An Unlikely Developer
Often when you think of the term ‘developer’ you conjure up all sorts of images about what that kind of person might look like whilst coding up a storm at their computer. You might even wander into their imaginary past as a child who was coding in C++ before they even said ‘da da’ and of course they would be male and like Neo from the Matrix…
The truth is that I am unlike all of those things — I didn’t know how to write a single line of code until I was 27 and I look nothing like Neo; I don’t even own a full-body leather jacket or shades.
I am a Scotsman, a father and I studied musical performance at University. I was so passionate about music that there was no room for anything else in my life at that time. I went to 5 parties in 5 years at University! Amazing social life right?
I am however a full-time mobile developer and I learned to code with all of the responsibilities of life; sole provider for my family of 5, two jobs and all the commitments you could want.
This is my story — it’s meant to encourage you if you want to be a developer but just can’t see yourself being good enough yet, or don’t think you’ll fit the ‘profile’.
I was a deeply passionate and committed Pianist studying at Strathclyde University. Music was my life and I practiced literally 3–5 hours per day outside of coursework and more at weekends. I was doing really well however I sustained a smallish injury to my left hand before starting the course. It’s effects weren’t immediately obvious, however things started to get difficult quickly into my 3rd year. I decided not to talk to anyone about it as my identity was at stake amongst my peers; they knew who I was, they knew I was pretty good and focussed and changing career or not doing music simply wasn’t part of the equation.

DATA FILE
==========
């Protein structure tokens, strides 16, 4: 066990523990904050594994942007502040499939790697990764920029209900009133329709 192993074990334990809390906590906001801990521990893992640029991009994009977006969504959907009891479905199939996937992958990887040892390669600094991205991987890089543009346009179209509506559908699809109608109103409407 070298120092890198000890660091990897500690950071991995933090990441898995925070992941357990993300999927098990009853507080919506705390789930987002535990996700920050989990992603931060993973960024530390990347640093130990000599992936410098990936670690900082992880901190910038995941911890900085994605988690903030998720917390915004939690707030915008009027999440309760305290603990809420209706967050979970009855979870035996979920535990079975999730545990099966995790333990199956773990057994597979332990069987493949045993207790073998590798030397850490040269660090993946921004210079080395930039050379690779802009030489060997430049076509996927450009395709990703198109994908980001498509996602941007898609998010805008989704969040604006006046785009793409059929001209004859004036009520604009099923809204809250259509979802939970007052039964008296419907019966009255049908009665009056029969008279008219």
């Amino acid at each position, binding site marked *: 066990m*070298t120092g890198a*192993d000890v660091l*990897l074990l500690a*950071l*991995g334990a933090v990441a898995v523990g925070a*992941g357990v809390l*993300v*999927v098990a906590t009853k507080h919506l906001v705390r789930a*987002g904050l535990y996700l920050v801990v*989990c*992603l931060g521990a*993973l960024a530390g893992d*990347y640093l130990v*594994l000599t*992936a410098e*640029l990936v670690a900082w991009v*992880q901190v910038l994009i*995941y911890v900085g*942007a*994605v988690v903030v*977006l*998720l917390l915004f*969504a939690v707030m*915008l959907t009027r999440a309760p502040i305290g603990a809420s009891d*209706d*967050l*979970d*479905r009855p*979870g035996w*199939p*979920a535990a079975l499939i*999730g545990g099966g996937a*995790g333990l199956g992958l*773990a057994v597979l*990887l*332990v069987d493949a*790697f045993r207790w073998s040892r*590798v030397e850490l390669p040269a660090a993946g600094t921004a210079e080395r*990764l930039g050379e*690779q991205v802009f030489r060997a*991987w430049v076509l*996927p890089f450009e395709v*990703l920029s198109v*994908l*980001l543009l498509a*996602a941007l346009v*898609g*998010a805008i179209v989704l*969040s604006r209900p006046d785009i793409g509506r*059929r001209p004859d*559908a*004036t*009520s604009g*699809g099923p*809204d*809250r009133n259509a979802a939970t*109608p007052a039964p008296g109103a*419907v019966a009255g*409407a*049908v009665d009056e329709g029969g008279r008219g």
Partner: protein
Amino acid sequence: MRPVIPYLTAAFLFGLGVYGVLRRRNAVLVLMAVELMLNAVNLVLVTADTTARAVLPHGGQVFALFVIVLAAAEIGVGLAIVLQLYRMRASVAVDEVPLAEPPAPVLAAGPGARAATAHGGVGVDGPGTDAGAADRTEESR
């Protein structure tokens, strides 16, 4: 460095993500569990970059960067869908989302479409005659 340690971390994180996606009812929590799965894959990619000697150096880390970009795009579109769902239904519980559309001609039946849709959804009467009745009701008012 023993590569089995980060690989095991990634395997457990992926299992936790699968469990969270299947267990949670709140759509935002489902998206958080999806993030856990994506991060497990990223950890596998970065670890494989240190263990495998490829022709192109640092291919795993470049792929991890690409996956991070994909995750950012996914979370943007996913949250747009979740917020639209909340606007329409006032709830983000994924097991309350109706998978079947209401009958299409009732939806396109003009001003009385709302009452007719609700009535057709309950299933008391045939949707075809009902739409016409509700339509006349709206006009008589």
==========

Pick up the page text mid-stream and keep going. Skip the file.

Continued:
I graduated and immediately went into teaching both in schools and privately. Having such a thirst for daily practice and learning meant that reducing my focus on performance meant I had to find something to devote myself to and there seemed to be merit in learning a lot about teaching and giving my energy towards helping others grow in their musical journey.
Amazingly, and somewhat ironically, I found that most teachers didn’t like learning very much and had settled into their jobs and I found myself after a few years wanting to fill that void I had created with music and then almost not playing at all due to my injury and the frustration that brought. You can imagine what it’s like to literally cut that part of your life out and not being able to ever go back, on any instrument. Needless to say I was in need of something more.
I decided to leave schools and teaching and move on into something more creative; another change of field. I got into photography and then made it my full-time occupation with a somewhat successful photography career. It was during this time that I had to make a website and my interest in design, logo design, web design etc increased dramatically.
It became so interesting that I couldn’t stop myself looking into it. I really didn’t want to put my ever-supportive wife through another career change, but with this she was super understanding; it was as if I had found that thing that was worth pursuing for the rest of my life.
After a christmas break I made the decision to go for it; to get into mobile/web development and start learning to code. My plan was to do this alongside my photography and private tuition that I was doing and work it around my family life with the 3 children.
I went out and bought a new Mac that day. It was a big commitment and I told myself (and others) ‘I am a developer now’. I literally didn’t know what an html tag was at the time!
Little by little though I managed to accumulate enough skills to get some work locally for small companies making websites and eventually landed myself a full-time position as a mobile developer.
The reality is that today programmers come in all shapes and sizes and a lot of them seem to get into it later on in life. I wish I had known when I was starting out that so many developers used to be musicians and don’t have computer science degrees rather than comparing myself to what I thought was the stereotype at the time!
If you are working on becoming a developer, then bring all of your experiences and what you’ve done in the past with you.
For me it was music, daily practice of things I need to work on, constant improvement that being a musician brought that helped me learn enough to get a job in the career that I now absolutely love! I didn’t become a spotty teenager either; I think I’m still pulling off the ‘Tweed Programmer’ look.